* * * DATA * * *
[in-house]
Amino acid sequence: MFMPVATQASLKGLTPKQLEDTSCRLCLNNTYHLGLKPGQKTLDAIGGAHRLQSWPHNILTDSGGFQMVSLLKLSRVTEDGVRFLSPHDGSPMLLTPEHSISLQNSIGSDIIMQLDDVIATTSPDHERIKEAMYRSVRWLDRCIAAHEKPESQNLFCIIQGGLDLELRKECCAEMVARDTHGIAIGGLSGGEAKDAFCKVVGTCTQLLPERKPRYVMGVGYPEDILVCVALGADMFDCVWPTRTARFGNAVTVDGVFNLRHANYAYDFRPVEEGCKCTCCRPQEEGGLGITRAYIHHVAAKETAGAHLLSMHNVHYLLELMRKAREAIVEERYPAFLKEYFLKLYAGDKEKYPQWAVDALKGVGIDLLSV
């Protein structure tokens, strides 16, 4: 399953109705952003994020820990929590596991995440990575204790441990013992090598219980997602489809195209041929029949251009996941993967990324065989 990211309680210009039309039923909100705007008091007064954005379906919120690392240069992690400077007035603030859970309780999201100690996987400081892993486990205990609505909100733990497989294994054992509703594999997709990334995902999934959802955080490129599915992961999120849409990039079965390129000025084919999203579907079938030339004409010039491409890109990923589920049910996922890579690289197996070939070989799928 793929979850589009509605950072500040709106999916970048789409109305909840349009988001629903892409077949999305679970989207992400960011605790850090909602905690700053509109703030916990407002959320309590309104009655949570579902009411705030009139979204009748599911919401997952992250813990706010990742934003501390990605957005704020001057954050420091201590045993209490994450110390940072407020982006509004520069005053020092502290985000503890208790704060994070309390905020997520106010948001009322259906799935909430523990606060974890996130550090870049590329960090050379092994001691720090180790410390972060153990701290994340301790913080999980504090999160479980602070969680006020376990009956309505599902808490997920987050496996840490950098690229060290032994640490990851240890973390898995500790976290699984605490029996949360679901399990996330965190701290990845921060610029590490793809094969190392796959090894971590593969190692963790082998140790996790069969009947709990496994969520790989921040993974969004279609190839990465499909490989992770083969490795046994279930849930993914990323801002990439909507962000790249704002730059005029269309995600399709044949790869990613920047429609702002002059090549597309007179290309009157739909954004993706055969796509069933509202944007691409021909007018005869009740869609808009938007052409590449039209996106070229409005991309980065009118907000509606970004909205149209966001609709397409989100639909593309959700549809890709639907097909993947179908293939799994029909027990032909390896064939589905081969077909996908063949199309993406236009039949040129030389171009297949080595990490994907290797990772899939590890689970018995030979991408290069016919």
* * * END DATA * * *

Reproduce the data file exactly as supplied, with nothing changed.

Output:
[in-house]
Amino acid sequence: MFMPVATQASLKGLTPKQLEDTSCRLCLNNTYHLGLKPGQKTLDAIGGAHRLQSWPHNILTDSGGFQMVSLLKLSRVTEDGVRFLSPHDGSPMLLTPEHSISLQNSIGSDIIMQLDDVIATTSPDHERIKEAMYRSVRWLDRCIAAHEKPESQNLFCIIQGGLDLELRKECCAEMVARDTHGIAIGGLSGGEAKDAFCKVVGTCTQLLPERKPRYVMGVGYPEDILVCVALGADMFDCVWPTRTARFGNAVTVDGVFNLRHANYAYDFRPVEEGCKCTCCRPQEEGGLGITRAYIHHVAAKETAGAHLLSMHNVHYLLELMRKAREAIVEERYPAFLKEYFLKLYAGDKEKYPQWAVDALKGVGIDLLSV
């Protein structure tokens, strides 16, 4: 399953109705952003994020820990929590596991995440990575204790441990013992090598219980997602489809195209041929029949251009996941993967990324065989 990211309680210009039309039923909100705007008091007064954005379906919120690392240069992690400077007035603030859970309780999201100690996987400081892993486990205990609505909100733990497989294994054992509703594999997709990334995902999934959802955080490129599915992961999120849409990039079965390129000025084919999203579907079938030339004409010039491409890109990923589920049910996922890579690289197996070939070989799928 793929979850589009509605950072500040709106999916970048789409109305909840349009988001629903892409077949999305679970989207992400960011605790850090909602905690700053509109703030916990407002959320309590309104009655949570579902009411705030009139979204009748599911919401997952992250813990706010990742934003501390990605957005704020001057954050420091201590045993209490994450110390940072407020982006509004520069005053020092502290985000503890208790704060994070309390905020997520106010948001009322259906799935909430523990606060974890996130550090870049590329960090050379092994001691720090180790410390972060153990701290994340301790913080999980504090999160479980602070969680006020376990009956309505599902808490997920987050496996840490950098690229060290032994640490990851240890973390898995500790976290699984605490029996949360679901399990996330965190701290990845921060610029590490793809094969190392796959090894971590593969190692963790082998140790996790069969009947709990496994969520790989921040993974969004279609190839990465499909490989992770083969490795046994279930849930993914990323801002990439909507962000790249704002730059005029269309995600399709044949790869990613920047429609702002002059090549597309007179290309009157739909954004993706055969796509069933509202944007691409021909007018005869009740869609808009938007052409590449039209996106070229409005991309980065009118907000509606970004909205149209966001609709397409989100639909593309959700549809890709639907097909993947179908293939799994029909027990032909390896064939589905081969077909996908063949199309993406236009039949040129030389171009297949080595990490994907290797990772899939590890689970018995030979991408290069016919």